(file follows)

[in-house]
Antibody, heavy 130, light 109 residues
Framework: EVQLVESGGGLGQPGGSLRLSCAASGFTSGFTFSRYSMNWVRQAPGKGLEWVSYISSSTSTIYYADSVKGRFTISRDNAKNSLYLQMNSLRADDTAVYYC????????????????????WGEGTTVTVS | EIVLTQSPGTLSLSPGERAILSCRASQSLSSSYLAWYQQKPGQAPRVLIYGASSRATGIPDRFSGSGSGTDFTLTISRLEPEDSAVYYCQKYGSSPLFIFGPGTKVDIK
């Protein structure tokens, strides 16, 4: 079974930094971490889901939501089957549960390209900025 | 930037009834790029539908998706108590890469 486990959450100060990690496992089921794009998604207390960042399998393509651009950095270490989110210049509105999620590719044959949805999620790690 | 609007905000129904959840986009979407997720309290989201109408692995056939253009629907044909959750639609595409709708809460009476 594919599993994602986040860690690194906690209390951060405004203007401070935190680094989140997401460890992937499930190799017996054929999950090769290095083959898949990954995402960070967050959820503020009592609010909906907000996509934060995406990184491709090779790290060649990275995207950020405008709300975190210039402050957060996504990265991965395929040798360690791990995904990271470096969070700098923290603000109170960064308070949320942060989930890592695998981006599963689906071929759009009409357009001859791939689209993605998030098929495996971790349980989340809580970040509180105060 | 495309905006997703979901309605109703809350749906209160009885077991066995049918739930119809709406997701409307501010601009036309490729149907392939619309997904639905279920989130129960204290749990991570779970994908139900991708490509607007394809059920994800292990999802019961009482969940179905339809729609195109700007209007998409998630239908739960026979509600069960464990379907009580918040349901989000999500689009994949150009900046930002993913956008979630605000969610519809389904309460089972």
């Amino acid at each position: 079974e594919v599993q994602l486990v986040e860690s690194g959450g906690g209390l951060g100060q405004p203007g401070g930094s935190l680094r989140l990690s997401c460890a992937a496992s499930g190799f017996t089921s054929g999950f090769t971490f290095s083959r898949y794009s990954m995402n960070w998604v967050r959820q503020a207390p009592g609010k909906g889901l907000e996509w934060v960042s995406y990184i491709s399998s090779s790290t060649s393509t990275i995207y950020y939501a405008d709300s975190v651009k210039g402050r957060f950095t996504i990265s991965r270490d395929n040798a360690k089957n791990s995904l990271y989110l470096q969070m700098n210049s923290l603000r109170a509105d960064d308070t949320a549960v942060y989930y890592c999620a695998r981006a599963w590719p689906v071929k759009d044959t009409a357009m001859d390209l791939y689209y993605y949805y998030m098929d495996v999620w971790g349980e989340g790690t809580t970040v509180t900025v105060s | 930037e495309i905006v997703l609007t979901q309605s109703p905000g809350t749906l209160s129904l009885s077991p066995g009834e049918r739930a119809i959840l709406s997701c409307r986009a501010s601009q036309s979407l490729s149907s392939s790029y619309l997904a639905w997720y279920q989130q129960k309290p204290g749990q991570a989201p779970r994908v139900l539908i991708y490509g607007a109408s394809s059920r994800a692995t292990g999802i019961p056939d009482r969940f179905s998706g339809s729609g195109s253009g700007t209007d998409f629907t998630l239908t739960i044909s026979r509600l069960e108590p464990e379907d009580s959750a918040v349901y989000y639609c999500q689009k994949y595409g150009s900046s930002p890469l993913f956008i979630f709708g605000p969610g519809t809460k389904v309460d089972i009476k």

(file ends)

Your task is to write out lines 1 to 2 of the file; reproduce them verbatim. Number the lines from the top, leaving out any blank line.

[in-house]
Antibody, heavy 130, light 109 residues